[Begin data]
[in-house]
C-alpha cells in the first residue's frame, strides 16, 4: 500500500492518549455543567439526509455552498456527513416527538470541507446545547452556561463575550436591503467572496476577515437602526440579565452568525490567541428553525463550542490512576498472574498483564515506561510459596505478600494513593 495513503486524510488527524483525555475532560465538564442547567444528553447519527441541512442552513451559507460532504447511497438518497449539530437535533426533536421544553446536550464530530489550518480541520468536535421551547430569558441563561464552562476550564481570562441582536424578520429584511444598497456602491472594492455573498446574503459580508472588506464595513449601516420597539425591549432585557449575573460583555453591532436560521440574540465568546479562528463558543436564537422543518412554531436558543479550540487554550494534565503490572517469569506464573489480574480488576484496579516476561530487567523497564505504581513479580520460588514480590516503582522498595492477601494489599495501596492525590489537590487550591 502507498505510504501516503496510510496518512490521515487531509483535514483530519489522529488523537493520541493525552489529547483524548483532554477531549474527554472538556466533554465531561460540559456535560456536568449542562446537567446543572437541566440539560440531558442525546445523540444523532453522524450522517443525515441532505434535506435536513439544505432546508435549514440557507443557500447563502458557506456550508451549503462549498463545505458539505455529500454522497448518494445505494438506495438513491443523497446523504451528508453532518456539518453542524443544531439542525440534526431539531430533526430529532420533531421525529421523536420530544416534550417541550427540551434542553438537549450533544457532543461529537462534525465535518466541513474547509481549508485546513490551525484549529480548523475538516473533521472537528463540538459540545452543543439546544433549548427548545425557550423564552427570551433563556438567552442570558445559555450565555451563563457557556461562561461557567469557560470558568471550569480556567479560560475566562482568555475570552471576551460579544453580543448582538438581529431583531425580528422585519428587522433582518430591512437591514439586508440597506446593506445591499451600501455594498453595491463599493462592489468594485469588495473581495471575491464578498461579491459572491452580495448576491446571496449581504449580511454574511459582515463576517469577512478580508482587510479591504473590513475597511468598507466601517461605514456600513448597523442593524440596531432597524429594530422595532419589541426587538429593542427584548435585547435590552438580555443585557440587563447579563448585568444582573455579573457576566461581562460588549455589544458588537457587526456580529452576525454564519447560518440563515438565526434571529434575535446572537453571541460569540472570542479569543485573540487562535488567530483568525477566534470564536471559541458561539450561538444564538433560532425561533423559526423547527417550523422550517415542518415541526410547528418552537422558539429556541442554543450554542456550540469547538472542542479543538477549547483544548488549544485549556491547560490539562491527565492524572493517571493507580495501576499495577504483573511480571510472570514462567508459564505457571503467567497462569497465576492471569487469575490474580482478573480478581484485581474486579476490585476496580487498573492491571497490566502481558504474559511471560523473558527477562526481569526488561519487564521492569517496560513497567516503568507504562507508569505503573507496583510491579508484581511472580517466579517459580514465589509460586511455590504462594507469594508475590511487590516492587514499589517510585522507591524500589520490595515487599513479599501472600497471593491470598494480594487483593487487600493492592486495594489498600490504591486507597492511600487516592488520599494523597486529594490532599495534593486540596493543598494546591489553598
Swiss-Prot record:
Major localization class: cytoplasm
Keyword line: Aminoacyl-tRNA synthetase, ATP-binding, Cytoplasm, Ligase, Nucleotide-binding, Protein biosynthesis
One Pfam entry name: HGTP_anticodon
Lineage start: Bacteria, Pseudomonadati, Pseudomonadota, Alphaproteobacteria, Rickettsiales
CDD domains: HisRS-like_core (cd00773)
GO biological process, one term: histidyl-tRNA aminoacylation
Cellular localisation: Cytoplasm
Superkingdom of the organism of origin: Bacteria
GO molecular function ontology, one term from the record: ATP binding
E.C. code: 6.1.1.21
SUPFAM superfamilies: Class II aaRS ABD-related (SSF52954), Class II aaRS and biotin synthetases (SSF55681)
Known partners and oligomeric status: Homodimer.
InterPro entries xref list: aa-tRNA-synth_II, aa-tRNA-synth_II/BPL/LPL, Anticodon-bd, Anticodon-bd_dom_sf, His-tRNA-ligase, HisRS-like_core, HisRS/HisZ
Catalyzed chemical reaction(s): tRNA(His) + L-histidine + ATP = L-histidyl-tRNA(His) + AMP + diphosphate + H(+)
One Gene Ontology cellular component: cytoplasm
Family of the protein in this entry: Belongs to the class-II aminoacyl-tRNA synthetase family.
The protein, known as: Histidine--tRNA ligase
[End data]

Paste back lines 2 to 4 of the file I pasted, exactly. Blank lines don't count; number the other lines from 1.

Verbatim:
C-alpha cells in the first residue's frame, strides 16, 4: 500500500492518549455543567439526509455552498456527513416527538470541507446545547452556561463575550436591503467572496476577515437602526440579565452568525490567541428553525463550542490512576498472574498483564515506561510459596505478600494513593 495513503486524510488527524483525555475532560465538564442547567444528553447519527441541512442552513451559507460532504447511497438518497449539530437535533426533536421544553446536550464530530489550518480541520468536535421551547430569558441563561464552562476550564481570562441582536424578520429584511444598497456602491472594492455573498446574503459580508472588506464595513449601516420597539425591549432585557449575573460583555453591532436560521440574540465568546479562528463558543436564537422543518412554531436558543479550540487554550494534565503490572517469569506464573489480574480488576484496579516476561530487567523497564505504581513479580520460588514480590516503582522498595492477601494489599495501596492525590489537590487550591 502507498505510504501516503496510510496518512490521515487531509483535514483530519489522529488523537493520541493525552489529547483524548483532554477531549474527554472538556466533554465531561460540559456535560456536568449542562446537567446543572437541566440539560440531558442525546445523540444523532453522524450522517443525515441532505434535506435536513439544505432546508435549514440557507443557500447563502458557506456550508451549503462549498463545505458539505455529500454522497448518494445505494438506495438513491443523497446523504451528508453532518456539518453542524443544531439542525440534526431539531430533526430529532420533531421525529421523536420530544416534550417541550427540551434542553438537549450533544457532543461529537462534525465535518466541513474547509481549508485546513490551525484549529480548523475538516473533521472537528463540538459540545452543543439546544433549548427548545425557550423564552427570551433563556438567552442570558445559555450565555451563563457557556461562561461557567469557560470558568471550569480556567479560560475566562482568555475570552471576551460579544453580543448582538438581529431583531425580528422585519428587522433582518430591512437591514439586508440597506446593506445591499451600501455594498453595491463599493462592489468594485469588495473581495471575491464578498461579491459572491452580495448576491446571496449581504449580511454574511459582515463576517469577512478580508482587510479591504473590513475597511468598507466601517461605514456600513448597523442593524440596531432597524429594530422595532419589541426587538429593542427584548435585547435590552438580555443585557440587563447579563448585568444582573455579573457576566461581562460588549455589544458588537457587526456580529452576525454564519447560518440563515438565526434571529434575535446572537453571541460569540472570542479569543485573540487562535488567530483568525477566534470564536471559541458561539450561538444564538433560532425561533423559526423547527417550523422550517415542518415541526410547528418552537422558539429556541442554543450554542456550540469547538472542542479543538477549547483544548488549544485549556491547560490539562491527565492524572493517571493507580495501576499495577504483573511480571510472570514462567508459564505457571503467567497462569497465576492471569487469575490474580482478573480478581484485581474486579476490585476496580487498573492491571497490566502481558504474559511471560523473558527477562526481569526488561519487564521492569517496560513497567516503568507504562507508569505503573507496583510491579508484581511472580517466579517459580514465589509460586511455590504462594507469594508475590511487590516492587514499589517510585522507591524500589520490595515487599513479599501472600497471593491470598494480594487483593487487600493492592486495594489498600490504591486507597492511600487516592488520599494523597486529594490532599495534593486540596493543598494546591489553598
Swiss-Prot record:
Major localization class: cytoplasm